Senator John Kerry will oversee a series of hearings in Washington next week on the US newspaper industry’s financial problems.
“In a slumping economy, U.S network news programs are expanding their gaze beyond Wall Street and Washington to mainstream America, heralding projects that give voice to everyday people and their financial woes,” reports Reuters.
Find an injection of cynicism over at Doug Fisher’s blog, at this link.
This morning Al Jazeera English’s managing director, Tony Burman, held a breakfast meeting in London and invited journalists along to ask about latest developments at the channel.
Burman is in town for tonight’s Royal Television Society Awards (2007/8), for which the channel has been nominated for the ‘News Channel of the Year’ award – and it’s up against BBC and Sky.
Burman was, however, not overly optimistic and said that he thought it would be the BBC’s win. However, “next year will be the Gaza year and we will be here again,” he told the group. We’ll report back with an update tomorrow.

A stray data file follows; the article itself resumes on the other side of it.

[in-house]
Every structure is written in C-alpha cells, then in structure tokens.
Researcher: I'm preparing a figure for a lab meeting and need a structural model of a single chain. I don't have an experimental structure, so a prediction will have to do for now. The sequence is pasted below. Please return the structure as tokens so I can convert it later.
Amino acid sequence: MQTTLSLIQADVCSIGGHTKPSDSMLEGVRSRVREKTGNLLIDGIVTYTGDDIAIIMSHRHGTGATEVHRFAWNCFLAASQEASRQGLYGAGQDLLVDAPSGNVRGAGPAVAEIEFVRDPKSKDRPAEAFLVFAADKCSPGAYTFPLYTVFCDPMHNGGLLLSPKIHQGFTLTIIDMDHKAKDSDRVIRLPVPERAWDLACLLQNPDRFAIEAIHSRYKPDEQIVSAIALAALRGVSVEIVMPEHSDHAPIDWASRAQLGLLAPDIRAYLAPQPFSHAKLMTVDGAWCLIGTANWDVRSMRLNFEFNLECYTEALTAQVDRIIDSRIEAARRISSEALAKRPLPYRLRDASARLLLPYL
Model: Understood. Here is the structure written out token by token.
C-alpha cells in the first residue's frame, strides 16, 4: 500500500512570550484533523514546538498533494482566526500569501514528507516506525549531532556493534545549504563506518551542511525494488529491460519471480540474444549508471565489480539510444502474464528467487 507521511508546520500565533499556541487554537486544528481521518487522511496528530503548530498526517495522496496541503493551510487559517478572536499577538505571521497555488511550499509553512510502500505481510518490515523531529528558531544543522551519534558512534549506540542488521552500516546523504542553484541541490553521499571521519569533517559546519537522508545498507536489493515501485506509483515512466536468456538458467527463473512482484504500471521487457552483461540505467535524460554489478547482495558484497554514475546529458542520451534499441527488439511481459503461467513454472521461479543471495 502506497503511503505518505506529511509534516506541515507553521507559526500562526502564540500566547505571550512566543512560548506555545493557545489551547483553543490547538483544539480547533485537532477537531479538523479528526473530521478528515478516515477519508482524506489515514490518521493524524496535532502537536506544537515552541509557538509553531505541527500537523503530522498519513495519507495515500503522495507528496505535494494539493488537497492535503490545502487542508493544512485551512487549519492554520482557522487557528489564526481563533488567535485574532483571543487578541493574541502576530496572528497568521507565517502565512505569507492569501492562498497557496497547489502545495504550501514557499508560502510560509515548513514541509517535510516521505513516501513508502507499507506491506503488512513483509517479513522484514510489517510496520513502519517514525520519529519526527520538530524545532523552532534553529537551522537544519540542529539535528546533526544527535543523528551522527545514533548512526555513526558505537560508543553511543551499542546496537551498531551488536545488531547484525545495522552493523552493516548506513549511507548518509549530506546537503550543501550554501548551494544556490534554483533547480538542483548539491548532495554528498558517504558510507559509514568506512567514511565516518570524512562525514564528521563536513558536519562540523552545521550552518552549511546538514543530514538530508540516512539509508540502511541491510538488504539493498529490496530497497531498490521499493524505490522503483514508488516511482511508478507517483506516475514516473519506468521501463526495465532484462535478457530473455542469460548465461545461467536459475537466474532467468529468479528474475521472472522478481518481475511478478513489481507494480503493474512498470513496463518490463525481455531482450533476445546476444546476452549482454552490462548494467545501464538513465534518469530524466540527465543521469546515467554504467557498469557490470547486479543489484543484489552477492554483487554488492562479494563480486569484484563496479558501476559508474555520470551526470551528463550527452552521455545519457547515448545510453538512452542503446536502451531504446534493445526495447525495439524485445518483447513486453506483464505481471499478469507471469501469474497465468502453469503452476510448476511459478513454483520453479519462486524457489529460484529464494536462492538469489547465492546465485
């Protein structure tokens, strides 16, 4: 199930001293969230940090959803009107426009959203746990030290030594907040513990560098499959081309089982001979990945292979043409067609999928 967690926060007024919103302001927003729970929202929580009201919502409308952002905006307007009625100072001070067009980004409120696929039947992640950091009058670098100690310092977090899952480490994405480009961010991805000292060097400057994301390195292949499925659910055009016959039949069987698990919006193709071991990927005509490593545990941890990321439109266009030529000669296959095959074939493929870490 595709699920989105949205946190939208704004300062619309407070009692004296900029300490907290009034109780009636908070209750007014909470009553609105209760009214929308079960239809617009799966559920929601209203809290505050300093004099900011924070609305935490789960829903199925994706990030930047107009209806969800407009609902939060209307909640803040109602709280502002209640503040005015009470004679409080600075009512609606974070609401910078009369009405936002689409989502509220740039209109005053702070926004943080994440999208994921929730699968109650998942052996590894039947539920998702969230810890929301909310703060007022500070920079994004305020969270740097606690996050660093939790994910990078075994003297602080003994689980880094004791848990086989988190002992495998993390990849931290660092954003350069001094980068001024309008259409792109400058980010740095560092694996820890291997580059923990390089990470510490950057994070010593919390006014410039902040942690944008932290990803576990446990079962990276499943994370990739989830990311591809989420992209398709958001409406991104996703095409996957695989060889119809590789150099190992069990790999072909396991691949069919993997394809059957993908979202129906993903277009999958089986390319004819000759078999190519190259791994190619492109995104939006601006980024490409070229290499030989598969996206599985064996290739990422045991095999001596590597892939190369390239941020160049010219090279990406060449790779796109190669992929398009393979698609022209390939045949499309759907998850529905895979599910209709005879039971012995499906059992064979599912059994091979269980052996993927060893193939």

Burman’s message was clear: the channel is increasingly strengthening its reputation (that includes within the US, he said) and he emphasised that the fact it broadcasts to nearly 140 million households, after two years on air (it launched in November 2006) was a feat he considered very impressive. Getting Al Jazeera onto the satellite and cable networks in North America is a priority, he said.
The real topic of the morning was the crisis in Gaza: the two correspondents, Ayman Mohyeldin and Sherine Tadros, who had been on the ground prior, and during the 22 day conflict were also there to answer questions.
It was again confirmed that Al Jazeera English was the only English-language broadcaster to report from the Gaza strip before the press ban was lifted (see a previous interview with the channel’s head of new media, Mohamed Nanabnay).
So, here a few of the things that were discussed. Journalism.co.uk will be following up in more detail on these and other points raised, in due course.
Tony Burman said that ‘coverage was really very comprehensive’ and that the reaction to the channel’s output ‘was a reminder that there is a hunger in the world, to get a sense of what is going on’.
The Al Jazeera site had, at times, seen a 600 per cent increase in traffic during Gaza coverage, he said.
Because Israeli, as well as other international media couldn’t access the area either during parts of the conflict, Al Jazeera was watched by a bigger Israeli audience too, he said.